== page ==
This vegan sunflower seed pesto recipe makes it fun and easy to incorporate pesto into your meals without the worry of a reaction! The key is in finding the right alternative, and while most nuts and seeds share of some of the same nutrients, sunflower seeds are an easy alternative to tree nuts. Here’s how to make pesto sauce without pine nuts or pecans, and without losing that unique creaminess they add.
- About this recipe
- How to make sunflower seed pesto: step-by-step instructions
- Recipe notes & tips
- What to do with sunflower seed pesto
- FAQ about sunflower seed pesto
- Homemade Sunflower Seed Pesto Recipe Card
- Sunflower Seed Pesto (Low Histamine, Dairy-Free)
About this recipe
Nut-free pesto. Most of the pesto recipes out there use pine nuts, pistachios, or pecans (my favorite), so at the request of some nut-free readers, I’ve developed a nut-free pesto you can use on meats, pastas, tolerated breads, and more. Although there’s some disagreement as to whether sunflower seeds are a “histamine liberator,” most people tolerate them fine on a low histamine diet.
Nutrient dense. Beyond the antihistamine properties of basil, the sunflower seeds in this recipe offer a bevy of heart-healthy fats and are about 20% protein. In addition, they provide fiber, magnesium, and vitamin E.
Easy to freeze. Just like my basic pecan pesto recipe, you can freeze this sunflower seed pesto in patties in the freezer, then stack them in a container for long-term storage.
Uses up extra basil. If you’re like me and enjoy growing tons of herbs each summer, this sunflower seed pesto is a great way to use up all that extra basil (though I won’t tell anyone if you bought it from the market, either!).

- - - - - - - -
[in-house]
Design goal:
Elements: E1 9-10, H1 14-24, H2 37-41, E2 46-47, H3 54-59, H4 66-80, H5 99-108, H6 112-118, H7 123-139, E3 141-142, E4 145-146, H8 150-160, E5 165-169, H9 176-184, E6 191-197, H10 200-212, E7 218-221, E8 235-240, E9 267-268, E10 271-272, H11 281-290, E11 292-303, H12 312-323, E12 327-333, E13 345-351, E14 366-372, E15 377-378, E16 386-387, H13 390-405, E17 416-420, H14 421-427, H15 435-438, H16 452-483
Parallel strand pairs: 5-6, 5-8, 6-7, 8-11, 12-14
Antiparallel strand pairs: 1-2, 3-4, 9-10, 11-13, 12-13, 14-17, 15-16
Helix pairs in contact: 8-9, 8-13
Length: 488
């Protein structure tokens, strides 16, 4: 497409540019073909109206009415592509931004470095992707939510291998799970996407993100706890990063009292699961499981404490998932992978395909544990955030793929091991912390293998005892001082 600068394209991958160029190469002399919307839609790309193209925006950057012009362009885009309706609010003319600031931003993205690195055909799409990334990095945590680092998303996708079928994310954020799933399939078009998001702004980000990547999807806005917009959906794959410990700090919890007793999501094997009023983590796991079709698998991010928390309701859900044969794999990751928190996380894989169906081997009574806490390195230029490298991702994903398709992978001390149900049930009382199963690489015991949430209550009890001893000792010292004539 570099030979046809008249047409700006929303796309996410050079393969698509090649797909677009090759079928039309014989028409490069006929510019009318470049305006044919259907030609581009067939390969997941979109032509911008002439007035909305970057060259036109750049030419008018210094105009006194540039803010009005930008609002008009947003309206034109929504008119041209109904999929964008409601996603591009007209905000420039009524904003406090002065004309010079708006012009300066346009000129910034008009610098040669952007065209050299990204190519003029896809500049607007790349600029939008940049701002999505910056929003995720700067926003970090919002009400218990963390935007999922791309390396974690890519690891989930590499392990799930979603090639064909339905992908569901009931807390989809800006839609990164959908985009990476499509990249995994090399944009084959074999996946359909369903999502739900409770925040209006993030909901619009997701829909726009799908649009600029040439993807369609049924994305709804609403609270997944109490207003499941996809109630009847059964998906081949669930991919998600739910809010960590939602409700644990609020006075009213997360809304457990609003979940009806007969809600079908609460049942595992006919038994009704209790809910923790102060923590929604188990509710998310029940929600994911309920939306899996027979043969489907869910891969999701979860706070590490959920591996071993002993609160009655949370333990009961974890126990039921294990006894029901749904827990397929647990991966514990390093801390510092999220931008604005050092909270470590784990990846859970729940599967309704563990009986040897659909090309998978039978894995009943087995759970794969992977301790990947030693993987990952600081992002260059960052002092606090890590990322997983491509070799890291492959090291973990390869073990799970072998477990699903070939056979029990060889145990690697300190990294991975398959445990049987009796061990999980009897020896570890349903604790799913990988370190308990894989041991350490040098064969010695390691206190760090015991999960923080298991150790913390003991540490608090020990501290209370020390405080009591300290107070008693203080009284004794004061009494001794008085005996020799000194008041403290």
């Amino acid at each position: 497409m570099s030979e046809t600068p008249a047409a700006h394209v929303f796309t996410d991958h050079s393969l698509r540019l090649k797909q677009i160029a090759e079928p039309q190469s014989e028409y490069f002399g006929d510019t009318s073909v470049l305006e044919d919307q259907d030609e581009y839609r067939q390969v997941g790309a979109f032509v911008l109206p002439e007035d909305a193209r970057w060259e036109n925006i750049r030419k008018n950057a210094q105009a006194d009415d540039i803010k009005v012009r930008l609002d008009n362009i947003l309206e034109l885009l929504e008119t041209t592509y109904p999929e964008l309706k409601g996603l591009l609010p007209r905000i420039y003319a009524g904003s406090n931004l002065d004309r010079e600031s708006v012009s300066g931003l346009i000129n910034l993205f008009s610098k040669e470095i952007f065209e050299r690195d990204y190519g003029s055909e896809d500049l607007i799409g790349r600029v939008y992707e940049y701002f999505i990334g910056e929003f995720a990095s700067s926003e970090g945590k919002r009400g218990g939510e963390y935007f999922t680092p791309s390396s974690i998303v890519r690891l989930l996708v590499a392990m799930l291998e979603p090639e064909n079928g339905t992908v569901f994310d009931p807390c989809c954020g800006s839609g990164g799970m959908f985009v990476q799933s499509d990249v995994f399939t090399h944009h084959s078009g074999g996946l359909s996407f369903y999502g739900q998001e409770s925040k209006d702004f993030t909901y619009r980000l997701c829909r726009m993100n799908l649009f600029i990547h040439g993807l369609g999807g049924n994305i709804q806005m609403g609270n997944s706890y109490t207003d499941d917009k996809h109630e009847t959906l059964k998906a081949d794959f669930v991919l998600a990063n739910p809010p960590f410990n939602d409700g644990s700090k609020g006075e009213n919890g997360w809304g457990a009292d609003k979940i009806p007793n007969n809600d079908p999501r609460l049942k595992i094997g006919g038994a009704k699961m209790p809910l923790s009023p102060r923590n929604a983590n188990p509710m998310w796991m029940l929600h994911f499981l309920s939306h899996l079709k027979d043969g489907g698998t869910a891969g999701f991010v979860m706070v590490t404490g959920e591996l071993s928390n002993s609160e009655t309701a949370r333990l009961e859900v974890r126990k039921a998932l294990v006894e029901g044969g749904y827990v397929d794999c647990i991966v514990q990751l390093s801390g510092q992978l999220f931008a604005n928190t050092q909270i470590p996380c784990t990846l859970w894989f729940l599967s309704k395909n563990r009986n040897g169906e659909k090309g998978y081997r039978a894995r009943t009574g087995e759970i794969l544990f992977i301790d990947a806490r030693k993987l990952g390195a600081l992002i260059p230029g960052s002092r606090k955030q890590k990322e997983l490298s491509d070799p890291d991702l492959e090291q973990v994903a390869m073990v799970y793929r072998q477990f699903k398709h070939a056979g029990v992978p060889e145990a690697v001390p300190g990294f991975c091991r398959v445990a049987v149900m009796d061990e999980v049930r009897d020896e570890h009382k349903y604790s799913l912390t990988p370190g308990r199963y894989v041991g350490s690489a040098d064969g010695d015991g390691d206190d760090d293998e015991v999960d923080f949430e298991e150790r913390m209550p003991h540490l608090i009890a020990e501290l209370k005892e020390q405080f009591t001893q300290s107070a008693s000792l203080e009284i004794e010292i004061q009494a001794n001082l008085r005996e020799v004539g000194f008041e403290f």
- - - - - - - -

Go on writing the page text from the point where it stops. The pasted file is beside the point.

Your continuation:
Sweet Basil: this is the base for the sauce, and the most common type of basil you’ll find in the garden or the supermarket. It’s a good choice for low histamine sauces because it packs an antihistamine punch.
Sunflower Seeds: when soaked & dried, making a basil pesto with sunflower seeds adds an extra umami element to the entire sauce and anything you put it on.
Raw Garlic: similar to the sunflower seeds, using raw garlic adds an umami element to the sauce that really complements meats and root vegetables.
Sumac: this red-hued spice is actually a ground-up dried berry with strongly antihistamine and acidic properties. It takes the place of lemon juice, which is normally not used in pine nut pesto, but which makes up for the extra protein in sunflower seed pesto. This is an optional but recommended ingredient; a good alternative is amchur.
How to make sunflower seed pesto: step-by-step instructions
Before making the pesto itself, if you’re on a low histamine diet or otherwise have a sensitive stomach, you’ll want to soak and dry the sunflower seeds overnight. This reduces the levels of antinutrients in the seeds, and overall makes them easier on your digestive system. See step 1.
Step 1. To soak raw sunflower seeds, pour them all into a bowl and cover them with at least two inches of water; too much is better than too little. Leave them to soak, covered, either overnight or for 2+ hours. They will absorb some of the water. Once they’re done, drain them in a colander and then dry them in a single layer on a baking sheet.
You can do this in the oven on a very low temp (around 170°F/75°C); it will take about 2-3 hours. You may need to use more than one baking sheet, but it’s fine to put them on different shelves in the oven to dry all together. You’ll know they’re dry when you bite into a seed and it’s no longer chewy, but has a mild snap to it. All the seeds should also feel quite dry, with no more spots of moisture when you run your hand across the top. Now measure out 3 Tablespoons and store the rest of your seeds in an air-tight container in the fridge.
Step 2. Pluck off all your basil leaves from the stems, avoiding getting any flowers or seeds into the mixture. Place all your leaves into a colander and wash them, then measure out 1 Cup of leaves, tightly packed, and add it to the bowl of your food processor.